Its natural beauty, of which the oasis of Badde Manna and the trachyte plains of Corona Alta stand out, and its medieval origins have contributed to it being listed as one of the Authentic Villages of Italy. Banari is a small village with approximately 600 inhabitants in the Meilogu, a historical sub-region of the Logudoro region, half an hour by car from Sassari, stretching along the foot of the Pale Idda hill and surrounded by elevations and watercourses. It was mentioned in a papal bull in 1125 and was created out of the merging together of the Villa of Vanari and the two monastic centres of San Lorenzo and San Michele. The main religious buildings in the residential area are the parish church San Lorenzo Martire, originally a 12th-century church, rebuilt in the 18th century and with a 19th-century Neoclassical façade, and the church of San Michele Arcangelo, built in Romanesque style, also dating back to the 12th century and renovated several times. Both were donated in 1113 by the Judge of Torres to the Camaldolese monks. During the extension work on the church of San Lorenzo, a tombstone containing relics and parchments was found, indicating the year in which it was built. The patron saint is celebrated in mid-August. Close to the parish church, stands the oratory of Santa Croce, built between the 16th and 17th centuries: in a fertile valley next to the village, there is the complex of Santa Maria di Cea (second part of the 12th century), consisting of a Romanesque church with a façade made of limestone ashlars and buildings known as a 'hermitage'. The festivity of the Madonna di Cea is on 8 September. Banari also boasts an historical and artistic monumental heritage: the nineteenth-century municipal building stands out in the square of Piazza Sas Bovedas, the centre of social life. Culture is well-expressed and offered by the Museum of Contemporary Art, located inside a thirteenth-century noble palace, exhibiting works of art from the 1950s. The spirit and authenticity of the village are liberated in December, in Carrelas in Festa, a celebration of typical local products, traditional dress and ancient trades. You can visit the workshops of the local blacksmiths, tanners and ceramists: terracotta objects are exported throughout the island. Artisan craftwork is the main activity, along with breeding and agriculture. The agricultural and pastoral tradition is reflected in the cuisine, featuring authentic products and ancient recipes. An event not to be missed is the Feast of the Yellow Onion, an excellent local product. Typical local pastries include biancheddus, meringues with almonds, and cozzuleddas, honey and orange fritters.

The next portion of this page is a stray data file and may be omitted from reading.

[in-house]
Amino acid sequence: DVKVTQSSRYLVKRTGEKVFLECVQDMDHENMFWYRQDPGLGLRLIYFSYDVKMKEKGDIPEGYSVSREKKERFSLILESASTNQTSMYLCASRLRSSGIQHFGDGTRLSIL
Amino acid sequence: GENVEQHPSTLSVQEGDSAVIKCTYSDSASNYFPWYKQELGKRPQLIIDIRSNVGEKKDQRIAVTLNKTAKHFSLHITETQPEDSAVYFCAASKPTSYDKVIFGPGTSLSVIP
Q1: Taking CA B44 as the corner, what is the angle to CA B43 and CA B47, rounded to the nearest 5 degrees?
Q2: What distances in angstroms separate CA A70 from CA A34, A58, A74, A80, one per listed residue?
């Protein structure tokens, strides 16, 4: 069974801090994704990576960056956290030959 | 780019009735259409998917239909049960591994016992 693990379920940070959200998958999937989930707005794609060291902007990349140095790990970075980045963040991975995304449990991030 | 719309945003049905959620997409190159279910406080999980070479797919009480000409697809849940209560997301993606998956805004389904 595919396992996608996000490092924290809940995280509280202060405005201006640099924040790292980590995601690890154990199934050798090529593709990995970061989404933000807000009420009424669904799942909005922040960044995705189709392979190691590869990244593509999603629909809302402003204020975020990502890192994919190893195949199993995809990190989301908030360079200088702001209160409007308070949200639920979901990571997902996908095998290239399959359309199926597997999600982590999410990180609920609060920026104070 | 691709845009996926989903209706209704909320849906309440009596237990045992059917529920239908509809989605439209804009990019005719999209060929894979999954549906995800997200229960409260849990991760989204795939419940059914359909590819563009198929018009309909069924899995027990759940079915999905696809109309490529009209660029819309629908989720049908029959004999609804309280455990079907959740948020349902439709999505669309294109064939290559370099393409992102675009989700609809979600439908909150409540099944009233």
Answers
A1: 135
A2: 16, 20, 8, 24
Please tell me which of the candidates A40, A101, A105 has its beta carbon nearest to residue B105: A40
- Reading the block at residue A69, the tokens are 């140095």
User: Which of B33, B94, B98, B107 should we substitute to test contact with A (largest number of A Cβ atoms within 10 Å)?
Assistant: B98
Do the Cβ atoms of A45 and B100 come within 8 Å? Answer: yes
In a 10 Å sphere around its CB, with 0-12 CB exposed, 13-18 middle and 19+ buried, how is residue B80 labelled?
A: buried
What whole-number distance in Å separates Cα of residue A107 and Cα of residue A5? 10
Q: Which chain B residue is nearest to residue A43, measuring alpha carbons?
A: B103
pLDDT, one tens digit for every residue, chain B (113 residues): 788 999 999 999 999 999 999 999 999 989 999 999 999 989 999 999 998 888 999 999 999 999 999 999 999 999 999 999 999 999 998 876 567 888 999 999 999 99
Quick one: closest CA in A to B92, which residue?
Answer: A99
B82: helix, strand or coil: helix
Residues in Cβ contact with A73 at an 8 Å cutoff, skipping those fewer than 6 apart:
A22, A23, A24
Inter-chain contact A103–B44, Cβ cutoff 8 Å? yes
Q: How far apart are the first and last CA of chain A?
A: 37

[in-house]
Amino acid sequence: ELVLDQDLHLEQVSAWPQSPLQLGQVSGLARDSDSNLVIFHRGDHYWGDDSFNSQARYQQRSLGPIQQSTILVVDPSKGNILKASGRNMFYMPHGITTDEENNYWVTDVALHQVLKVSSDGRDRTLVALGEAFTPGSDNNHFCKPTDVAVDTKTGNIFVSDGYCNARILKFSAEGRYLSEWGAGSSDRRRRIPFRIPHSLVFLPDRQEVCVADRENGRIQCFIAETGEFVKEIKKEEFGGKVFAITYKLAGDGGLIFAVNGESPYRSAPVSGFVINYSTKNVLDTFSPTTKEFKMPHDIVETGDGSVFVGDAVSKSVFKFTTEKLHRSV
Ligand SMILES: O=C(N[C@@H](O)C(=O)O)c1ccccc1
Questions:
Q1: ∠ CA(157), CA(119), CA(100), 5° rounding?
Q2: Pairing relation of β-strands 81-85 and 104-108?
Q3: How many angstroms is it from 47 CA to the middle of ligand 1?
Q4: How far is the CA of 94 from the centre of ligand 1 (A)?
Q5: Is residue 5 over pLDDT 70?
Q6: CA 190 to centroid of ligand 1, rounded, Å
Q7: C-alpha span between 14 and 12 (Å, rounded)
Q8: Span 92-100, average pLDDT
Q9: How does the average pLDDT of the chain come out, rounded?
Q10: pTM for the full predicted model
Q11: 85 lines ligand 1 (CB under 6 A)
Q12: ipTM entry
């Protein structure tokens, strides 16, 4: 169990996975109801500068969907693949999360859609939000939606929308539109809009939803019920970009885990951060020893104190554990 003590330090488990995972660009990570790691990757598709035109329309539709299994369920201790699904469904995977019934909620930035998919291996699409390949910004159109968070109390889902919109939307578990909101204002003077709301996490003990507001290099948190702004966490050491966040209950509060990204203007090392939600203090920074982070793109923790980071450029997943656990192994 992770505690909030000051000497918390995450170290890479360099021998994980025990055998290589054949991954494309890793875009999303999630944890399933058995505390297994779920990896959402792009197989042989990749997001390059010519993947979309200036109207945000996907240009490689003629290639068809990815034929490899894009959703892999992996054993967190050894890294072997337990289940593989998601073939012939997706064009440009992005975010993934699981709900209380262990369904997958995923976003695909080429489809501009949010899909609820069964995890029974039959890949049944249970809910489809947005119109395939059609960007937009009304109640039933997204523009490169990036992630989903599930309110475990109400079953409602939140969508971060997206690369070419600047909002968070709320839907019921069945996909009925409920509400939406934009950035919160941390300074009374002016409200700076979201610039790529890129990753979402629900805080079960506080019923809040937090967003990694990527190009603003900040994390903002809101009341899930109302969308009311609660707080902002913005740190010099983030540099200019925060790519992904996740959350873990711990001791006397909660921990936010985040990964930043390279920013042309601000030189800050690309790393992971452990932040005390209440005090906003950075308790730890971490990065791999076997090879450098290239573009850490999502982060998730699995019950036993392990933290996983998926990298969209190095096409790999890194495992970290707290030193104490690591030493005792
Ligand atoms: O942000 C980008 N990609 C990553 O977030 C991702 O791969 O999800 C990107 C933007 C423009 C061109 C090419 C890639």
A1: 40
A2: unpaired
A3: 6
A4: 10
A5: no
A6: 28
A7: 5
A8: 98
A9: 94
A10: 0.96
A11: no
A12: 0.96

The place name may come from the Balari, a people in the Nuragic era. On the subject of Nuraghi, there are about ten in the area, all well-preserved: Sa Tanchitta and Corona Alta are made of red trachyte, while Su Crapione and Buffulinu are made of white sone. The blocks from this latter one were used to build one of twenty pinnettas, the ancient shepherds' huts that characterize a territory inhabited since Neolithic times. This is confirmed by various Domus de Janas, called coroneddos: four known as Ziu Juanne (two smaller ones dug out of the rock and two remarkably large ones) and the Domu de Su Crapione, dug out of the tuff.